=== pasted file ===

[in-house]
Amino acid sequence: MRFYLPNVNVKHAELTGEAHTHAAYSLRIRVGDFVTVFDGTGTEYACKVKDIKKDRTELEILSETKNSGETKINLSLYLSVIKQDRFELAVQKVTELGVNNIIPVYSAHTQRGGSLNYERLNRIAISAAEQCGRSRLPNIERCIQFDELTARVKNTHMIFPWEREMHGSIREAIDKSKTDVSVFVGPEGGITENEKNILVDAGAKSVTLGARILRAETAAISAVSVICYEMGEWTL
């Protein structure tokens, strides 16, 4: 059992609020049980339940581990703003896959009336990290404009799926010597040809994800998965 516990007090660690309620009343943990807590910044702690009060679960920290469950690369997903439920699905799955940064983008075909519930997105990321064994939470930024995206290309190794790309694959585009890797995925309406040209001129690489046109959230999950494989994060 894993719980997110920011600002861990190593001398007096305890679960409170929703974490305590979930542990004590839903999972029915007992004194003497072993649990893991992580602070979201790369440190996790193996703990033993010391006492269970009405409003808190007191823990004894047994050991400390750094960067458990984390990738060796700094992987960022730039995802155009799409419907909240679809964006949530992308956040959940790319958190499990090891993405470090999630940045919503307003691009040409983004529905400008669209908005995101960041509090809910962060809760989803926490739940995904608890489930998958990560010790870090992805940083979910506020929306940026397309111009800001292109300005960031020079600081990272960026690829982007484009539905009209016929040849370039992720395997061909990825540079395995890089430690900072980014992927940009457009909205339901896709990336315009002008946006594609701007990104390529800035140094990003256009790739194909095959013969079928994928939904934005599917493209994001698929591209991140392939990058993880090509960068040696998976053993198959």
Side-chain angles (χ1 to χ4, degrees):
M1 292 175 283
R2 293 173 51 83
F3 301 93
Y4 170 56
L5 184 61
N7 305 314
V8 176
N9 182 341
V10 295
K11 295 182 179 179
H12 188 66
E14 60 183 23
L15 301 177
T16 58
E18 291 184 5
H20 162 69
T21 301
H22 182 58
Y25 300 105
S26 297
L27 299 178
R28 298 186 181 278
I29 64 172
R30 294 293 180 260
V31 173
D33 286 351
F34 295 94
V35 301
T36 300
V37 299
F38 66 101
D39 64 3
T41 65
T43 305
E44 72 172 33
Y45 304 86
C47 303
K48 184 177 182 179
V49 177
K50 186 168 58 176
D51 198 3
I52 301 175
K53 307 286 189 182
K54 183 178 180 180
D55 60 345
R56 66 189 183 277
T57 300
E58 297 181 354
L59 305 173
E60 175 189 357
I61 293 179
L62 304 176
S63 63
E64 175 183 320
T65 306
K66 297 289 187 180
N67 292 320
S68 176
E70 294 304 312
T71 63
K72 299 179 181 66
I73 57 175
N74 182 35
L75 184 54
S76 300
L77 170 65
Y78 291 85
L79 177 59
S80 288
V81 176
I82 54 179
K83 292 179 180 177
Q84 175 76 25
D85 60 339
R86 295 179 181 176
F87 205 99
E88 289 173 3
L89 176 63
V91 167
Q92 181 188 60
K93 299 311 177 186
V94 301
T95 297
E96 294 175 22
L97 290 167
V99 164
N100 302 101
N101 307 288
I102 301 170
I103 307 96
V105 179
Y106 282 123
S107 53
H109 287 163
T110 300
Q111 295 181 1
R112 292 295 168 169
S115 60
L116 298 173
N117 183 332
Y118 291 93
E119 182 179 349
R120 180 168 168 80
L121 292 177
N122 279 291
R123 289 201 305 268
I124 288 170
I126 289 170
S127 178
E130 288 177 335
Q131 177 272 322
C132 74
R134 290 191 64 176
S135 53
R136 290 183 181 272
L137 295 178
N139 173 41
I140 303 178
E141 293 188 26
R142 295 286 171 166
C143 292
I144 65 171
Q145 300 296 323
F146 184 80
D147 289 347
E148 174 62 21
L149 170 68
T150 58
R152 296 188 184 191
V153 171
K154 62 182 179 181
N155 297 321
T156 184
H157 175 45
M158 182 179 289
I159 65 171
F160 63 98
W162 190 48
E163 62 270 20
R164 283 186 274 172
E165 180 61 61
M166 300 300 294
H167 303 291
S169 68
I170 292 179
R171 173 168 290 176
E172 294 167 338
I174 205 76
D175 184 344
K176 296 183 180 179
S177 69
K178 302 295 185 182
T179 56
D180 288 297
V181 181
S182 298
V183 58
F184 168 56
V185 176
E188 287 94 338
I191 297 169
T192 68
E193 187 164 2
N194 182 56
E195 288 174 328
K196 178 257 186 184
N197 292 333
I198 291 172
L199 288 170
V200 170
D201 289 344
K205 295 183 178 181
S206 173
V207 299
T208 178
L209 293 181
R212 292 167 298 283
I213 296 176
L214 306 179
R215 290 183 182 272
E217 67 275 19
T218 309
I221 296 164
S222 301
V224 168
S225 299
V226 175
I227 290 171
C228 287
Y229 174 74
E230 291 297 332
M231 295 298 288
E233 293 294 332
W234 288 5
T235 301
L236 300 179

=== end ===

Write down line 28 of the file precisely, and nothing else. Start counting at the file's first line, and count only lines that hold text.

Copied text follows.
R30 294 293 180 260